Monday, 9 March 2015

What’s happening to funding for drug and alcohol interventions locally?

Roberta Silva is a Policy and Public Affairs Intern working at DrugScope.  She is currently working on a project looking into local government funding allocations for substance misuse services.  This is the first of a series of occasional posts from Roberta, to update you on the progress of this work.  

Love Money?, photo by Flickr user Rob Jewitt
Since April 2013, there have been significant changes in the commissioning and funding of drug and alcohol treatment services.  The reforms introduced by the Health and Social Care Act 2012 established Health and Wellbeing Boards in every local authority and shifted the responsibility to them to produce Joint Strategic Needs Assessments and Joint Health and Wellbeing Strategies (JSNA and JHWS) for every area (see DrugScope’s The Public Health Reforms).

A JSNA is an assessment of the current and likely future health and social care needs of a local area.  They are often lengthy documents and the information from them is used to develop a Joint Health and Wellbeing Strategy (JHWS), which forms the basis of health and care commissioning in local areas.  However, these vary hugely from one authority to another.

There has been lots of talk about changes to funding for drug and alcohol treatment in recent years, but relatively little hard evidence. Although the Department for Communities and Local Government produces actual and projected spend on a range of services twice a year, these figures do not really provide sufficient detail for analysis.  Last month, DrugScope’s State of the Sector 2014-15 revealed a net average reduction of 16.5%, but that was at a service level, which tells us very little about how local systems are being resourced.

This project is an attempt to shed some light on what’s really happening in terms of funding.  It consists of two components. The first is a scan of all 150 or so JHWSs in England, to try to ascertain the inclusion and/or prioritisation of drugs and alcohol. As there’s no standard template – or length – of JHWS, this has involved scanning of each strategy and then assigning the prioritisation given to one of three values for each of adult alcohol interventions, adult drugs interventions and young people’s substance misuse interventions. We should acknowledge that the assignment of prioritisation is inherently subjective – many areas have not marked drugs and/or alcohol explicitly as a priority, but do make a number of references to the issue, for instance referring to substance misuse in the context of the whole population, specialist interventions, the night time economy or a mixture of the three. We’ll consider carefully how best to report these findings.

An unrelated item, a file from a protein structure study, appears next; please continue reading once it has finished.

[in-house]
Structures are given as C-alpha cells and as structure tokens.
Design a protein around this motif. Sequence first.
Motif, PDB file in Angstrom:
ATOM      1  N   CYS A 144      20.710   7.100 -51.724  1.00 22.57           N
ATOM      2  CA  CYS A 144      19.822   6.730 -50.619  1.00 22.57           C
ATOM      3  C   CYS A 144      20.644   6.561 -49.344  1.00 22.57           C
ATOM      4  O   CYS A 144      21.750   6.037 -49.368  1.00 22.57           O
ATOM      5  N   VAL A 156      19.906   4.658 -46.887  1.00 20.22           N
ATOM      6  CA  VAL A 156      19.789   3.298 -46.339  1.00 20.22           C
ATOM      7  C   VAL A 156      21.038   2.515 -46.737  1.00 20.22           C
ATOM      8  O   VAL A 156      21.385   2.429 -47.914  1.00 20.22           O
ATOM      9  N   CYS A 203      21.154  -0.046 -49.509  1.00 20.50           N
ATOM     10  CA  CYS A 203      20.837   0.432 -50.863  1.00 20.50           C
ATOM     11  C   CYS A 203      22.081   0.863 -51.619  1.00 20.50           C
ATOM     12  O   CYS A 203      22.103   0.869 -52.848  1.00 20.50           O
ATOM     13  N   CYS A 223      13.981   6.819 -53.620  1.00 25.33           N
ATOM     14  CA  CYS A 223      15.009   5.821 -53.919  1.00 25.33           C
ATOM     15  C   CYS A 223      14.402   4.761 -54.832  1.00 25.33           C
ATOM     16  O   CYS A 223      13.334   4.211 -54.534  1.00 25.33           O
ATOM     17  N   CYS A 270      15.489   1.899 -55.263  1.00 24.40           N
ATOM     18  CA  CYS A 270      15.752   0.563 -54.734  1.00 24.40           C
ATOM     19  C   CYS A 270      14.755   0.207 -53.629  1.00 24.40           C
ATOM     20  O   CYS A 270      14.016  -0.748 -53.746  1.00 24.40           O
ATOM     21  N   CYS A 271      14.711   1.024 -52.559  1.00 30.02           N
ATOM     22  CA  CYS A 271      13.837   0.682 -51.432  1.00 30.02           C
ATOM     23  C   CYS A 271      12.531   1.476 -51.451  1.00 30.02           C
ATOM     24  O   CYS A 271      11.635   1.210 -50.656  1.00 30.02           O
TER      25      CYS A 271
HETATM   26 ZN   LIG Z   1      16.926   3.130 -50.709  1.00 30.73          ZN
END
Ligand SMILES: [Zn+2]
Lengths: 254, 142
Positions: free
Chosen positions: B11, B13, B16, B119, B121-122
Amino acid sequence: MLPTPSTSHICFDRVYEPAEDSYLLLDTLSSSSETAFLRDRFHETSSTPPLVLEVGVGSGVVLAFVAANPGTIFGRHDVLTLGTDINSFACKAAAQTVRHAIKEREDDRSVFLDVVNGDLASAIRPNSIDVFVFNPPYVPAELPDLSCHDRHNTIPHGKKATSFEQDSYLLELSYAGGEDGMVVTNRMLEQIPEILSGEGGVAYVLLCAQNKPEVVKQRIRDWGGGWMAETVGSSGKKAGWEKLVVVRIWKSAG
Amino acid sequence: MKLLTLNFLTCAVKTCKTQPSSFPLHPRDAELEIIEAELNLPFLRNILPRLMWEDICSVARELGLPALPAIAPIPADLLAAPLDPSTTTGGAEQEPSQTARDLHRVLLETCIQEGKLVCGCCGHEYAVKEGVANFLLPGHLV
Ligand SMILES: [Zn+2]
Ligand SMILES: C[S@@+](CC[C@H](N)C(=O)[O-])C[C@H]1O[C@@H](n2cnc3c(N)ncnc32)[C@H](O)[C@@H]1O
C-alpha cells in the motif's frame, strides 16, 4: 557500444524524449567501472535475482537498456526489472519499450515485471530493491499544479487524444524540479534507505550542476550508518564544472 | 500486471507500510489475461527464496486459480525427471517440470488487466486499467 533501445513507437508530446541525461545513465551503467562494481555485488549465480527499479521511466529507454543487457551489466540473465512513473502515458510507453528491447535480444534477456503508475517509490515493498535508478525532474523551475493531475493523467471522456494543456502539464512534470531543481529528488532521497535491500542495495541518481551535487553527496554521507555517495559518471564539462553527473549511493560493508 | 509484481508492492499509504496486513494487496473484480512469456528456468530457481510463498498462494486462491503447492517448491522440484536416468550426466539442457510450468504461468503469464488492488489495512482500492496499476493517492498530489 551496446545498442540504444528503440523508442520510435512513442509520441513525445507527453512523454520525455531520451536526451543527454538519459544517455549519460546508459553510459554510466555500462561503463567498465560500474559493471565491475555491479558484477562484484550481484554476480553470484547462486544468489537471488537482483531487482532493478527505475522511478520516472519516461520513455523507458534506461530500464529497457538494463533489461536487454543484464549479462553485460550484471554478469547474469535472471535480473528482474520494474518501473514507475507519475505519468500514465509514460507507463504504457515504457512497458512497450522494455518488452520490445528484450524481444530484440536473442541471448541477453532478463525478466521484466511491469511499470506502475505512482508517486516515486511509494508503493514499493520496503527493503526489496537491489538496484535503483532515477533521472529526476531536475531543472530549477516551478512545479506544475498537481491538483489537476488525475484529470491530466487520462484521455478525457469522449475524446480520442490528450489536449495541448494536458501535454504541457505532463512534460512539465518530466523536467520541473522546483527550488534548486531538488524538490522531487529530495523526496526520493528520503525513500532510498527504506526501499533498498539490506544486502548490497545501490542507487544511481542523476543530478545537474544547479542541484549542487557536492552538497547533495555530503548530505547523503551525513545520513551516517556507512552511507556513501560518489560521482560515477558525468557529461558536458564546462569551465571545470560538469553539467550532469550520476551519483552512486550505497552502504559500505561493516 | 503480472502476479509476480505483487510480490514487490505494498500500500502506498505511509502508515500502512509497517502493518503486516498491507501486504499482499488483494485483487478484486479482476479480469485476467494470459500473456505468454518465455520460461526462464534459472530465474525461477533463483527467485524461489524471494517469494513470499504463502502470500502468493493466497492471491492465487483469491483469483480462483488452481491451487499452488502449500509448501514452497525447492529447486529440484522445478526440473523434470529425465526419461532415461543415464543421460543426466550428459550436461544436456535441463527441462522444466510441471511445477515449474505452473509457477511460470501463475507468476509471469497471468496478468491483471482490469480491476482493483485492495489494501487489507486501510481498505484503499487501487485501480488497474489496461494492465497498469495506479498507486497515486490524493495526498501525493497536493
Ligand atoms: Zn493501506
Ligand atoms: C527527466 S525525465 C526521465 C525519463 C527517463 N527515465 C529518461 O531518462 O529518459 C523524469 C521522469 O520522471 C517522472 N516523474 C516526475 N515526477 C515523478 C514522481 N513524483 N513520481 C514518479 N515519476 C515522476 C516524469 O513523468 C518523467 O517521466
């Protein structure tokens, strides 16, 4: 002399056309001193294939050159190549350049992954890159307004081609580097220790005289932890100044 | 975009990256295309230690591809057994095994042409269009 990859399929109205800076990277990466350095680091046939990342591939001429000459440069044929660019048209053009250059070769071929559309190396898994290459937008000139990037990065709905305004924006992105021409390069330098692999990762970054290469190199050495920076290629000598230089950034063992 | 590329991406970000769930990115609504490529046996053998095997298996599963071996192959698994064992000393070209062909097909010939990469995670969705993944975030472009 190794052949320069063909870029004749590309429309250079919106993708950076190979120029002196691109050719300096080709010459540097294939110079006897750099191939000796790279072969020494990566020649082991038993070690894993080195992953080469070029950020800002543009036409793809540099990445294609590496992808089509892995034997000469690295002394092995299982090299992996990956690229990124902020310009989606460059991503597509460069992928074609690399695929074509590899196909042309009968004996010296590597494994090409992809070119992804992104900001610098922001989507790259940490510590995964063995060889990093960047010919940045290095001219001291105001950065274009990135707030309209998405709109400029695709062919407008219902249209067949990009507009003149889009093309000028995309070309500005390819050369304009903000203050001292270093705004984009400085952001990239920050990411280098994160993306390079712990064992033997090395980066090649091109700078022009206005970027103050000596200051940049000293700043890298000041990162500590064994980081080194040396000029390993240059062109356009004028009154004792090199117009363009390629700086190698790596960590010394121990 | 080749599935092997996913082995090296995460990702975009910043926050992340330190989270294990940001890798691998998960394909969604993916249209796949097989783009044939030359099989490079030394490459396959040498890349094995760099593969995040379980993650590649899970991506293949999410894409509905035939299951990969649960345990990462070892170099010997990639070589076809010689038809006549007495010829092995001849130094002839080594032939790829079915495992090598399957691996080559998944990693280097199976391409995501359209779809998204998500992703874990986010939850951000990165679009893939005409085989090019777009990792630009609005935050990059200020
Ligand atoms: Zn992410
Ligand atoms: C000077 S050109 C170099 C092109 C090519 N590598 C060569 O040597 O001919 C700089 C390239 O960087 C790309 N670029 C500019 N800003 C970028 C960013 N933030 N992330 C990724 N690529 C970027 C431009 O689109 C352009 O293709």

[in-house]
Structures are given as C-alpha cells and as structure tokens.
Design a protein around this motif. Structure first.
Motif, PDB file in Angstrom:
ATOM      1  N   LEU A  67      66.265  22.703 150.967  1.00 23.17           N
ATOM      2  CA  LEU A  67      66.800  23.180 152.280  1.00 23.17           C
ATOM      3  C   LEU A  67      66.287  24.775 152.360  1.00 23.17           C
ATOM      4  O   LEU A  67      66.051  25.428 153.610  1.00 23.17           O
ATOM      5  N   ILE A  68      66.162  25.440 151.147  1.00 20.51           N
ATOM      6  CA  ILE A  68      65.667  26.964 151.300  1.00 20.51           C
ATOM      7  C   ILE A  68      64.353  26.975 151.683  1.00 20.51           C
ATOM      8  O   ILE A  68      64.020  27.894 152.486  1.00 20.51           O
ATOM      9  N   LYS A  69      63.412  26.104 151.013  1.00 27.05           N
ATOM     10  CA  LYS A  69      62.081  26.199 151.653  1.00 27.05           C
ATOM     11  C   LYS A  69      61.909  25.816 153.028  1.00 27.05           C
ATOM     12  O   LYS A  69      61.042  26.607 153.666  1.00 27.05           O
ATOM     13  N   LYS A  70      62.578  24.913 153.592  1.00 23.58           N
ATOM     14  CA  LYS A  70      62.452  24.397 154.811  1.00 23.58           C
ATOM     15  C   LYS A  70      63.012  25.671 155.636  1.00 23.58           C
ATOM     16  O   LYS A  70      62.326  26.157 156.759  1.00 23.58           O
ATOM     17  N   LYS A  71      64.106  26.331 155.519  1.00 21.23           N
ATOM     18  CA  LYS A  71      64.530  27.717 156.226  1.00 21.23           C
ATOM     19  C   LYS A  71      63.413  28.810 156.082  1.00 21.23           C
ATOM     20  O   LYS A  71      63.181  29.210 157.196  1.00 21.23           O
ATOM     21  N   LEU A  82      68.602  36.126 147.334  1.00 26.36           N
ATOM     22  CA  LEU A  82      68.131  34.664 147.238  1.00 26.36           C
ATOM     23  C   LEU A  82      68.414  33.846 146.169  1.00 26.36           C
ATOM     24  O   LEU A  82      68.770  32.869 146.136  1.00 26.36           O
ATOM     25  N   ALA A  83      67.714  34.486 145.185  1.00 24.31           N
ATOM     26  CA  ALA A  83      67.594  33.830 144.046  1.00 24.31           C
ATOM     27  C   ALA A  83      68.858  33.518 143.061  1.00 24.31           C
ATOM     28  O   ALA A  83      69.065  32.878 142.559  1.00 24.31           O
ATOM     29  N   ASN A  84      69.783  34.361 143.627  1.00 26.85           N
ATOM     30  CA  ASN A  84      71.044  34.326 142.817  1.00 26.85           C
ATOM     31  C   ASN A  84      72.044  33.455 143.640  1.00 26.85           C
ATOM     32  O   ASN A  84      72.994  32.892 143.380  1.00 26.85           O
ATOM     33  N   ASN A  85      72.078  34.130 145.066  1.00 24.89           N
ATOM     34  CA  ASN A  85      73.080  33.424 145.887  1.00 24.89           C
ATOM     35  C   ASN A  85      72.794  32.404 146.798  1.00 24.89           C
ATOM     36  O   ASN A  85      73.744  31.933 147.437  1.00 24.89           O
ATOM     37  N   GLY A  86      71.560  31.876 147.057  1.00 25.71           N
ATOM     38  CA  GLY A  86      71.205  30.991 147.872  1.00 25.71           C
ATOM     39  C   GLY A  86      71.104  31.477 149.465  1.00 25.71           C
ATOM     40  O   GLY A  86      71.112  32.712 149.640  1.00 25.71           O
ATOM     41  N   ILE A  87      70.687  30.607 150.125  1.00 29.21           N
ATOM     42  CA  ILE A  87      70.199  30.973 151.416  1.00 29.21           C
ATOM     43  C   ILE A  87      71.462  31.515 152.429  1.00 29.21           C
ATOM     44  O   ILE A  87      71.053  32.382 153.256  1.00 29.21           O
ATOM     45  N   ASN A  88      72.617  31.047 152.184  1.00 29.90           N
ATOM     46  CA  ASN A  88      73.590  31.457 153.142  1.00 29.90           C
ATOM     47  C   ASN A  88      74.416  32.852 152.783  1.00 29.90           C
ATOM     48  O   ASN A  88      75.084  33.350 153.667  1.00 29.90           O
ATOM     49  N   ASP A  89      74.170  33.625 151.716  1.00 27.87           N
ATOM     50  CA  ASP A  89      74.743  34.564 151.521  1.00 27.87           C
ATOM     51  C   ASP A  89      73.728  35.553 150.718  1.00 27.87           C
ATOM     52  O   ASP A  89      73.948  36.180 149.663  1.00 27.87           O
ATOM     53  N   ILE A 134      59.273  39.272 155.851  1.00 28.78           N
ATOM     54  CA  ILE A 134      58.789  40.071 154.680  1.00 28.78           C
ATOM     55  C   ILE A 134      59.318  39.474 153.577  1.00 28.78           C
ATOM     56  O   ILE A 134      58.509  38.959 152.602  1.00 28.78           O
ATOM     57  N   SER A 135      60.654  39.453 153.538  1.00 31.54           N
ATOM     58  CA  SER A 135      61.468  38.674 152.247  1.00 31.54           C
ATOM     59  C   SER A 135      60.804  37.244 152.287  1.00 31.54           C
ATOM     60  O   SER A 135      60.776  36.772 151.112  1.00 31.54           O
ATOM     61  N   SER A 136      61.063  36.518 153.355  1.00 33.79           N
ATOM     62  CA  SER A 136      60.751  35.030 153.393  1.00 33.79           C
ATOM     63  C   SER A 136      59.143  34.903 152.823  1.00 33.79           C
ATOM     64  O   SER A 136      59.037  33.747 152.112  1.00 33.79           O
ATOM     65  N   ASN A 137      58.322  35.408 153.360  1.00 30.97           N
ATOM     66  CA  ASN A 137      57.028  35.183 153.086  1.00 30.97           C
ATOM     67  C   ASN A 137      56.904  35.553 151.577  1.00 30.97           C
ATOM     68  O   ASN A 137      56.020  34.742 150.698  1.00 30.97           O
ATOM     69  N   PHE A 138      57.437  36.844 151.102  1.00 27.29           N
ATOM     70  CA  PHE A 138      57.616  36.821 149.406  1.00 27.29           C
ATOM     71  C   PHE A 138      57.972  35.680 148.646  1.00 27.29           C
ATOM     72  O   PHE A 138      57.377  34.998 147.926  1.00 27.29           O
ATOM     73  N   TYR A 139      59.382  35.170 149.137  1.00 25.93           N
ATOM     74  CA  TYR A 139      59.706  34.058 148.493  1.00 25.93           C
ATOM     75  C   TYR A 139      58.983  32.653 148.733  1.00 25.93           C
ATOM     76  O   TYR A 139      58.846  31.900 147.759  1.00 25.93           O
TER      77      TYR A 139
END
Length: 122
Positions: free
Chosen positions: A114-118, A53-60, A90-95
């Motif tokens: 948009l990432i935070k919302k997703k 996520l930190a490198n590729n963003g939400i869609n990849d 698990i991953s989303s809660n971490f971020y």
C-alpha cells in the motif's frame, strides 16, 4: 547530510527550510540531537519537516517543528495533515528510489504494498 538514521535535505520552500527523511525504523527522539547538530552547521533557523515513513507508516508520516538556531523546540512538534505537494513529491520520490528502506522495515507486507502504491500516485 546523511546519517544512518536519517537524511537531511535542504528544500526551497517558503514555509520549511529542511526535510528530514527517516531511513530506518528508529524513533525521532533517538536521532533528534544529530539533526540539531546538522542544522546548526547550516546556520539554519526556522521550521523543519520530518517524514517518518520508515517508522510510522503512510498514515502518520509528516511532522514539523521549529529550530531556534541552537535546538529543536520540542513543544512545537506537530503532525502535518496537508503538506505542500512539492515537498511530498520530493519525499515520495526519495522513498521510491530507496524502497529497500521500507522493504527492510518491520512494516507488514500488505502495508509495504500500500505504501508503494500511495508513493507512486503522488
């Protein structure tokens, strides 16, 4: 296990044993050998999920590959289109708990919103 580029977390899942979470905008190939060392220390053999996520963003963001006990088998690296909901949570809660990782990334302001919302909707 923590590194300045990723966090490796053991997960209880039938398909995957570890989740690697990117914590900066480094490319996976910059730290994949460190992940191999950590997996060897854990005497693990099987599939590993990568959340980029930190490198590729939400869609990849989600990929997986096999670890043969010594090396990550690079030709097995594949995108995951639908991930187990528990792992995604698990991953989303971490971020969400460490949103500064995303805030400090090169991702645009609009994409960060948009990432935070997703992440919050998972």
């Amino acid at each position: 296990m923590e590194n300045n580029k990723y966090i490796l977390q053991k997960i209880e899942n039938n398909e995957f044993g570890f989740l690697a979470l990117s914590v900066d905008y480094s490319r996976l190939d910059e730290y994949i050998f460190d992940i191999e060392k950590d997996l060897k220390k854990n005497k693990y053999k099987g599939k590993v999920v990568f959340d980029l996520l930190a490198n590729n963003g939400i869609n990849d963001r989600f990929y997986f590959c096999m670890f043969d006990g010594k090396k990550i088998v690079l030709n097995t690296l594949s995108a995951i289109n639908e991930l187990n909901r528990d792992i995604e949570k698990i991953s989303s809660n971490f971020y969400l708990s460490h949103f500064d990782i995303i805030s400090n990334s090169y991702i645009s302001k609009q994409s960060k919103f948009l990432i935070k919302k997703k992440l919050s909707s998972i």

Secondly, in order to understand the changes in funding allocations, we are obtaining detailed financial and supporting information about the allocation of funding to specific elements of substance misuse treatment. Through Freedom of Information Act requests made to all commissioning local authorities, the plan is to compile a picture of the changes in funding allocations over the years 2013/14, 2014/15 and 2015/16.

Of the strategies I have looked at so far, it is noticeable how much they vary - not only in style, size and approach, but also in tone.  While some are single page documents listing the Council’s priorities for the coming months or years, others give in depth accounts of issues affecting the local area and discuss ways to overcome problems.  The need to address substance misuse is recognised in most JHWSs, though approaches vary.

While there is an emphasis on service provision in some cases, the integration of drug and alcohol services was also observed, either as an amalgamation of the two services, or as integration into wider health areas such as mental health. Understanding alcohol consumption as a population-level concern was common to many strategies.  Consequently, these tended to focus on prevention strategies or educational programmes more than on the provision of specialist treatment.

The same applies (although possibly not to the same extent) to the inclusion of drug misuse in assessments and strategies. Health and Wellbeing Boards are clearly trying to find the right balance between prevention and education and specialist treatment.   There are a few strategies that address both acute and “lifestyle” drug and alcohol issues.  Further investigation would be required to see if strategies’ priorities and content correlate with the known drug and alcohol issues in an area or region.  Public bodies have 20 working days to respond to FOI requests we have submitted. As we’ve started out by making requests to a small number of authorities, to ensure that we get the question right, we’ve had limited responses so far. The ones we’ve received, though, suggest that the question will elicit the information we – and stakeholders in specialist treatment – need.

The report will be published later in the year. In the meantime, I will be providing occasional updates via this blog. If anyone would like any additional information, please contact me by email at

No comments:

Post a Comment